What We Can And Cannot Control

I know the majority of people are familiar with the graphics or the exercises where you write down two different categories. 

Things I can control. 

Things I cannot control. 

You then list out everything on one side of the things that are in your control. Your thoughts, your attitude, your opinions, your actions. 

On the other side, you write down the things you cannot control. Others opinions, thoughts, comments. The traffic, the weather, politics, etc. 

It can be very therapeutic to take some time writing these down so that we can realize what is in our control and what is out of our control. 

However, I think we oftentimes only associate these things with other adults in our lives. We are thinking about our colleagues and neighbors. However, as teachers and parents, we often do not apply this principle to our students and kids. And I know that it’s true because I also felt like I was above it all and could control my children. In fact, I felt like I had control of my children. But do I really have control over their thoughts and actions? Absolutely not. 

So what do I have then? Boundaries. Influence.

Because I cannot control my children’s actions and thoughts, I have to set clear, firm boundaries for them to act within. I have the responsibility to teach and influence them.

For example. My daughter and I often play in the front yard, but we live on a road just busy enough that she cannot ride her bike or play in the street because there are too many cars. I cannot control how my daughter moves her body, what thoughts she has on the road, or her desire to see what it’s like out there. These are all completely up to her. 

However, I can have a good influence on her by teaching her the safety of the road, letting her know what the dangers are, and setting a physical boundary for her so that she cannot cross into the road. 

I still have no control over her thoughts or actions, but I’ve taken the proper precautionary steps to keep her safe! 

The same goes for when you’re teaching in a kindergarten classroom. If a child throws a huge tantrum and starts throwing objects across the room, can you control her emotions, actions, or decisions? No. You really do not have control over those. 

Can you influence her, show support, set boundaries, and control your own actions and emotions? YES!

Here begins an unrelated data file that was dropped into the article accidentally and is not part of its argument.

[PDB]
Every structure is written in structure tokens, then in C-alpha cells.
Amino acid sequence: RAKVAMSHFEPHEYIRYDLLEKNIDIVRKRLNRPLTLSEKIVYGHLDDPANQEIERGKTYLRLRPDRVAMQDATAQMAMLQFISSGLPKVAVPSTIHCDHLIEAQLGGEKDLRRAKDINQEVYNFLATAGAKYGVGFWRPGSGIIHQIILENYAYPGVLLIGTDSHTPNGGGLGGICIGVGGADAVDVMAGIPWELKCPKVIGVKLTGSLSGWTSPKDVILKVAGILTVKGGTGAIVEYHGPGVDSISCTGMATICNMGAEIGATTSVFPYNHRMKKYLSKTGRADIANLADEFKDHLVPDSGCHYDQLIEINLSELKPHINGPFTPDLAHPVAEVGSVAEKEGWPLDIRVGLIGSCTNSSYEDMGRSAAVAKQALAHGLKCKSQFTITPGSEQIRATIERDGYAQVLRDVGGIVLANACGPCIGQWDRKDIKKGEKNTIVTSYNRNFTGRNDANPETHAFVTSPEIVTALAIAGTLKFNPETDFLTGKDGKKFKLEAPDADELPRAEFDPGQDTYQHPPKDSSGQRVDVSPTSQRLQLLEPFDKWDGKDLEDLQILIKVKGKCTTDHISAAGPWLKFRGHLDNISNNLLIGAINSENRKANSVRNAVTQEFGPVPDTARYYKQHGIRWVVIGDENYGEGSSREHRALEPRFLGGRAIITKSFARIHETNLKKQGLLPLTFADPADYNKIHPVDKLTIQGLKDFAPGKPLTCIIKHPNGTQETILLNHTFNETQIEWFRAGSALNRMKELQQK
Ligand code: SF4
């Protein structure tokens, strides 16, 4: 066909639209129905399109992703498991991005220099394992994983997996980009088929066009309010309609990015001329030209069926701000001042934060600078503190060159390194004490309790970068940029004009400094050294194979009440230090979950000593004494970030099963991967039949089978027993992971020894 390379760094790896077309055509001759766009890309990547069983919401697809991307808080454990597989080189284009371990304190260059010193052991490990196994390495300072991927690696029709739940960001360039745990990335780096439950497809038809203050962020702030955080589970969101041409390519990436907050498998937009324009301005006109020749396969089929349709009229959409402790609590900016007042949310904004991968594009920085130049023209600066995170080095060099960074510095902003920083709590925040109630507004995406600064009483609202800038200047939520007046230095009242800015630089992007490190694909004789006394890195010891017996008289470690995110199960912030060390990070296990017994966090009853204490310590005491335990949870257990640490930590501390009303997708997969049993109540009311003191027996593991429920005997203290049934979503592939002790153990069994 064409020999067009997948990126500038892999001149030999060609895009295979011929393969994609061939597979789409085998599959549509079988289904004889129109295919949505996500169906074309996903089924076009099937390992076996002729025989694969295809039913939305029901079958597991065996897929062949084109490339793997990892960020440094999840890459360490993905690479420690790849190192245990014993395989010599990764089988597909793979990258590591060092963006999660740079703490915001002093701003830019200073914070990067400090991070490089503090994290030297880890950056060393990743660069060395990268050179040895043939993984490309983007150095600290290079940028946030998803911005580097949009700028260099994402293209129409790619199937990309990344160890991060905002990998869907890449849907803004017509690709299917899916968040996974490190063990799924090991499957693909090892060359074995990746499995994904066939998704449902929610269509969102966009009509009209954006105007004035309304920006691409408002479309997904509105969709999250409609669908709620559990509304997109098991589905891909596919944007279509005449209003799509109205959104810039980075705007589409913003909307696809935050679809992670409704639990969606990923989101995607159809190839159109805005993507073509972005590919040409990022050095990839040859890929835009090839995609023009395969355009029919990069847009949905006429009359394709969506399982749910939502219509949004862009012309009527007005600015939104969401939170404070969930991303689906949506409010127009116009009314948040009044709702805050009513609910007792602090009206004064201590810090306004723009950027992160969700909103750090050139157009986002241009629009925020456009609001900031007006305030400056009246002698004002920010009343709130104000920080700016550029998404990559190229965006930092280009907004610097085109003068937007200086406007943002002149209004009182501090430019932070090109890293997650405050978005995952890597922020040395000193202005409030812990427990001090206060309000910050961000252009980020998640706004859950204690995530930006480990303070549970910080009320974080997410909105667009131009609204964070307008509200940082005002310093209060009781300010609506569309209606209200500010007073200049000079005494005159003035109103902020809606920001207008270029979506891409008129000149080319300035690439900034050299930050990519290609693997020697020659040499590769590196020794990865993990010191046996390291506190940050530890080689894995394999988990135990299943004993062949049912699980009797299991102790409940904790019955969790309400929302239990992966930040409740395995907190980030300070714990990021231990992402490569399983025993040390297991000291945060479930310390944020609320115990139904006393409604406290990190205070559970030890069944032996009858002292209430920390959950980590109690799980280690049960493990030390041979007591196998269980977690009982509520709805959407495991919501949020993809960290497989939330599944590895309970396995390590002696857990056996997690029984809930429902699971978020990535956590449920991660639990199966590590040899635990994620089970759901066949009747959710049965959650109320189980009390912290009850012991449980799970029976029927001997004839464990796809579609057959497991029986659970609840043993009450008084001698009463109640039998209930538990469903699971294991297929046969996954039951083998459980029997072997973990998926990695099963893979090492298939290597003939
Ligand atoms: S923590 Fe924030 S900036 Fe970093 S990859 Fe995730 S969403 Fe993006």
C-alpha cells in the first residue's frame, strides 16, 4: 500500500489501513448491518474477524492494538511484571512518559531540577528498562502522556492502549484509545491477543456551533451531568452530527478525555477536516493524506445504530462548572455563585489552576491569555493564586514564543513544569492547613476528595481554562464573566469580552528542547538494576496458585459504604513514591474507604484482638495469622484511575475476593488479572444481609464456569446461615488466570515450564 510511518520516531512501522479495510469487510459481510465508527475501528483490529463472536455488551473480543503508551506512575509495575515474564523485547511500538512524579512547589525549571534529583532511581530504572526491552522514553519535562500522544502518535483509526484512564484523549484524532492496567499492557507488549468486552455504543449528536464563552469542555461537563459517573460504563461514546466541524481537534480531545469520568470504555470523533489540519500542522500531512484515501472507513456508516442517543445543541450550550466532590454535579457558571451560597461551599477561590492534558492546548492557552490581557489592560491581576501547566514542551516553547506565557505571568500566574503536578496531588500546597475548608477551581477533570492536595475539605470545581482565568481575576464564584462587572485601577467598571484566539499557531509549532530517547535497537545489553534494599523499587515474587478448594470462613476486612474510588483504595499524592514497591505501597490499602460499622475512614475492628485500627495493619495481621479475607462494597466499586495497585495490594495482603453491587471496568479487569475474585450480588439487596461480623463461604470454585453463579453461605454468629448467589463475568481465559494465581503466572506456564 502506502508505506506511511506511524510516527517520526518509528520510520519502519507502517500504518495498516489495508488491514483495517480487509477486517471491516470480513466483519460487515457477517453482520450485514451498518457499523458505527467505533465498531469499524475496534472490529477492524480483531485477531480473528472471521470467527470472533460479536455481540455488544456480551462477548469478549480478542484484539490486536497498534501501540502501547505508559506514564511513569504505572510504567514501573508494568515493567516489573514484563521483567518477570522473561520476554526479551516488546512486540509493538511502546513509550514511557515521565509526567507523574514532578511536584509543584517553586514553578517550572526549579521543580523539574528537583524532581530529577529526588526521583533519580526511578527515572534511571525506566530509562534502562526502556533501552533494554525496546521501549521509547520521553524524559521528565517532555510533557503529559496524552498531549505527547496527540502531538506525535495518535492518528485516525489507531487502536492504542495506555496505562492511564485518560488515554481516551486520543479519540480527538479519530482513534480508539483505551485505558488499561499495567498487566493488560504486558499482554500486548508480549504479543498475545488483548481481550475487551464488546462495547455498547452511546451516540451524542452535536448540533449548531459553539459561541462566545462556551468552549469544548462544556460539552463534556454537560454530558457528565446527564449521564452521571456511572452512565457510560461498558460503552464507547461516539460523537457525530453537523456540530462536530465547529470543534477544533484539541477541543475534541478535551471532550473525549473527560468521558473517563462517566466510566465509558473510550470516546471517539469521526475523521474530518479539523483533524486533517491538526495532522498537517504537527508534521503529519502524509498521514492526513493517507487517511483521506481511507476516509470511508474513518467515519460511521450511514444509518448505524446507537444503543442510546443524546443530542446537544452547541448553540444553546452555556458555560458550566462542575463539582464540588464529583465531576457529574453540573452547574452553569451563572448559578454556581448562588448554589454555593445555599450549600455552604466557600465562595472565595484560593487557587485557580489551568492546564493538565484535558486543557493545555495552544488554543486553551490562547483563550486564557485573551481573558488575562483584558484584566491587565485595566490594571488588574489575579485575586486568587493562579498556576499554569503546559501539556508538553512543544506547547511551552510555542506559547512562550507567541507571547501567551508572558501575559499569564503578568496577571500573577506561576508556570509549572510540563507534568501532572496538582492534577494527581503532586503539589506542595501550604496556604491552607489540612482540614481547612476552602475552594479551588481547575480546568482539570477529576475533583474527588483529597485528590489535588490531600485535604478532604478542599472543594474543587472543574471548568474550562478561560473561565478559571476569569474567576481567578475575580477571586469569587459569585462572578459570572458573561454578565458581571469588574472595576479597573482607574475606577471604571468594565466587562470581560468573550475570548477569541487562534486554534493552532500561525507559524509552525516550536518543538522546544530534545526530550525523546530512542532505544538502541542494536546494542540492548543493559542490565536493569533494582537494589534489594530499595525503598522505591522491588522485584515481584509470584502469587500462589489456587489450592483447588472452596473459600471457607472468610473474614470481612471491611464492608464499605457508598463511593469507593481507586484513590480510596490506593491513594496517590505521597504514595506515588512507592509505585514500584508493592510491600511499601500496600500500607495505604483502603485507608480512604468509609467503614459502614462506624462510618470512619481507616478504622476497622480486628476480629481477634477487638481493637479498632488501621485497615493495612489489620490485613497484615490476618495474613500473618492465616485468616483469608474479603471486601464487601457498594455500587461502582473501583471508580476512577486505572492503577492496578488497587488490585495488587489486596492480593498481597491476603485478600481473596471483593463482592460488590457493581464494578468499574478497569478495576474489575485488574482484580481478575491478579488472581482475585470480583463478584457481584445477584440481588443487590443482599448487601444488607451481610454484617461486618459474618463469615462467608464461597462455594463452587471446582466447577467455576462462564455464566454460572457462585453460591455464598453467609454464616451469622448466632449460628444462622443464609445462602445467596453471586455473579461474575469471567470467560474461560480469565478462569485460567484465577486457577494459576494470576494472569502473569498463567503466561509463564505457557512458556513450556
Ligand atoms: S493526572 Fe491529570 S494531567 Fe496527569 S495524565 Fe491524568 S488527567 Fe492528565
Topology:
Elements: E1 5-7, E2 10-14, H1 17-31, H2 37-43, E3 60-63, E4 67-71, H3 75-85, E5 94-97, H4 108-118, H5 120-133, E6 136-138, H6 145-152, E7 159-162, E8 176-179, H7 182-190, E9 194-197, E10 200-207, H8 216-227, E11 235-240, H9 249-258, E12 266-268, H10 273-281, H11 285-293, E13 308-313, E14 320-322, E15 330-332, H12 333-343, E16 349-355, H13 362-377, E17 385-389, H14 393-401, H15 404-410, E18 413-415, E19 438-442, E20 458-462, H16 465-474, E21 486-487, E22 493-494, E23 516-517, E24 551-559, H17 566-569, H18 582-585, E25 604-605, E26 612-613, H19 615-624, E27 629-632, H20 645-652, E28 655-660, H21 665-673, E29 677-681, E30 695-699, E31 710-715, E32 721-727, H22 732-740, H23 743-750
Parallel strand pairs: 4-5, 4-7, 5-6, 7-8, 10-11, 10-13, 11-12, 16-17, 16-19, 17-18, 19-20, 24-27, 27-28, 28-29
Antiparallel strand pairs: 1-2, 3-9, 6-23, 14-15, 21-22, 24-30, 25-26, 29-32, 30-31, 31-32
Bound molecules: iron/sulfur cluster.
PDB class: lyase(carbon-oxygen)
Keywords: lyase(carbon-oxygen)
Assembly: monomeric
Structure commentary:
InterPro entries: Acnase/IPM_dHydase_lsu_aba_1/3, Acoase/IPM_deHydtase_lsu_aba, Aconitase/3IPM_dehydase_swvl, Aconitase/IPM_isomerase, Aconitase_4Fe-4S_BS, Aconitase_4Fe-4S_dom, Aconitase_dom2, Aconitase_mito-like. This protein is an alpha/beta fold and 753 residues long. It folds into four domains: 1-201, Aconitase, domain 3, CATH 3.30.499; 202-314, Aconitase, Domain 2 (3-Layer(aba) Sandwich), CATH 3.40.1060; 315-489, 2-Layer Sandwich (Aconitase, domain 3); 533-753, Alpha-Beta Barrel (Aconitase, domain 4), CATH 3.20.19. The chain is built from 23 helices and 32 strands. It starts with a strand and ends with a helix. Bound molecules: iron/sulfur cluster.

I’ve been using this strategy with friends and family when unwanted and unsolicited comments arise, by reminding myself that these individuals have the right to act, think, and say what they want, but it’s my responsibility to control my own thoughts and actions in response. It was a mind-blowing revelation that it can also be applied to younger children as well! 

Yes, we do need to set boundaries and stay a good influence because that’s what a good teacher, parent, or role model does. However, it’s relieving to know that these children’s actions and thoughts are not a reflection of you. They are not your responsibility to control, they are just your responsibility to react in a professional way to guide them to safety. 

Have you had this revelation of control with your class and kids? Did it help you while teaching to have a sense of self-awareness when it comes to control? 

The Importance Of Students Having A Global Perspective

We have our neighborhoods and communities that kids are aware of. 

We have schools that they know very well. 

The towns they grow up in are a part of them. 

Sometimes even the cities neighboring can be important in their lives as well. 

And of course, our own state has an impact on them. 

But what about moving beyond our states? Or even our nation? What is the importance of giving kids a global perspective? 

Teaching students about global affairs in an authentic way can teach them acceptance and understanding of cultures and others. It can allow them to feel more empathy as they learn more about the various types of living styles. It can open their eyes to see that their lifestyle isn’t how someone else lives. 

They might even have the chance to say, “Hey! This kid is just like me.” 

Having a mindset that our world goes beyond the walls of our schools or the lines of our states gives us millions of minds to collaborate with and help with finding solutions. We can start asking the important questions like, “Why is Singapore’s math curriculum working so well and how can we use it too?” 

There is a better chance they will end up in global careers by learning about them now. 

Students won’t just know about the Great Wall of China, they will understand the history and importance of it, as well as the impacts it has on China’s residents today. 

So start introducing other cultures in your classroom. Give your students the opportunity to interact and collaborate with other students across the globe, through email, skype, or social media. Break down the four walls of your school and the limits of your cities to show our future leaders what a global perspective looks like. 

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